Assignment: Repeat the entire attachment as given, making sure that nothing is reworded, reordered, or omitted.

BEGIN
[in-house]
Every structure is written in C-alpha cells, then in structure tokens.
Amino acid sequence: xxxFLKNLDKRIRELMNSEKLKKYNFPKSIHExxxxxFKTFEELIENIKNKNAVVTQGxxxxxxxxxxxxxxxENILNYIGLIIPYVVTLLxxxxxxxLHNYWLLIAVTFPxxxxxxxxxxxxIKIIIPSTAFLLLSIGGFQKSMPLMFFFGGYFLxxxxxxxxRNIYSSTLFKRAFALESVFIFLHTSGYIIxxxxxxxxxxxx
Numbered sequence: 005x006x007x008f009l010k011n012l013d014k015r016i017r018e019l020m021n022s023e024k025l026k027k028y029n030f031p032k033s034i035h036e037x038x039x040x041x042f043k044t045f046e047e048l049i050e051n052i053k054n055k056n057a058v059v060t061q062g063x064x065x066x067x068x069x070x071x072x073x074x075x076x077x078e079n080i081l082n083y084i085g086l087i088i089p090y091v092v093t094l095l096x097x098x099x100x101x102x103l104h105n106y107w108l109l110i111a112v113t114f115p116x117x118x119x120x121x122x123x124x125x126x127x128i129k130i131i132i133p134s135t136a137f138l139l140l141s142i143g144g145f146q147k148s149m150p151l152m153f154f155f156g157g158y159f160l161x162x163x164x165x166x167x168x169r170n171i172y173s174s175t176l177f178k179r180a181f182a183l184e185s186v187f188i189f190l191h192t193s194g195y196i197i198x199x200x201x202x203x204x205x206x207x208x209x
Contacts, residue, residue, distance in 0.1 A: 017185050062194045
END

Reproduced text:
[in-house]
Every structure is written in C-alpha cells, then in structure tokens.
Amino acid sequence: xxxFLKNLDKRIRELMNSEKLKKYNFPKSIHExxxxxFKTFEELIENIKNKNAVVTQGxxxxxxxxxxxxxxxENILNYIGLIIPYVVTLLxxxxxxxLHNYWLLIAVTFPxxxxxxxxxxxxIKIIIPSTAFLLLSIGGFQKSMPLMFFFGGYFLxxxxxxxxRNIYSSTLFKRAFALESVFIFLHTSGYIIxxxxxxxxxxxx
Numbered sequence: 005x006x007x008f009l010k011n012l013d014k015r016i017r018e019l020m021n022s023e024k025l026k027k028y029n030f031p032k033s034i035h036e037x038x039x040x041x042f043k044t045f046e047e048l049i050e051n052i053k054n055k056n057a058v059v060t061q062g063x064x065x066x067x068x069x070x071x072x073x074x075x076x077x078e079n080i081l082n083y084i085g086l087i088i089p090y091v092v093t094l095l096x097x098x099x100x101x102x103l104h105n106y107w108l109l110i111a112v113t114f115p116x117x118x119x120x121x122x123x124x125x126x127x128i129k130i131i132i133p134s135t136a137f138l139l140l141s142i143g144g145f146q147k148s149m150p151l152m153f154f155f156g157g158y159f160l161x162x163x164x165x166x167x168x169r170n171i172y173s174s175t176l177f178k179r180a181f182a183l184e185s186v187f188i189f190l191h192t193s194g195y196i197i198x199x200x201x202x203x204x205x206x207x208x209x
Contacts, residue, residue, distance in 0.1 A: 017185050062194045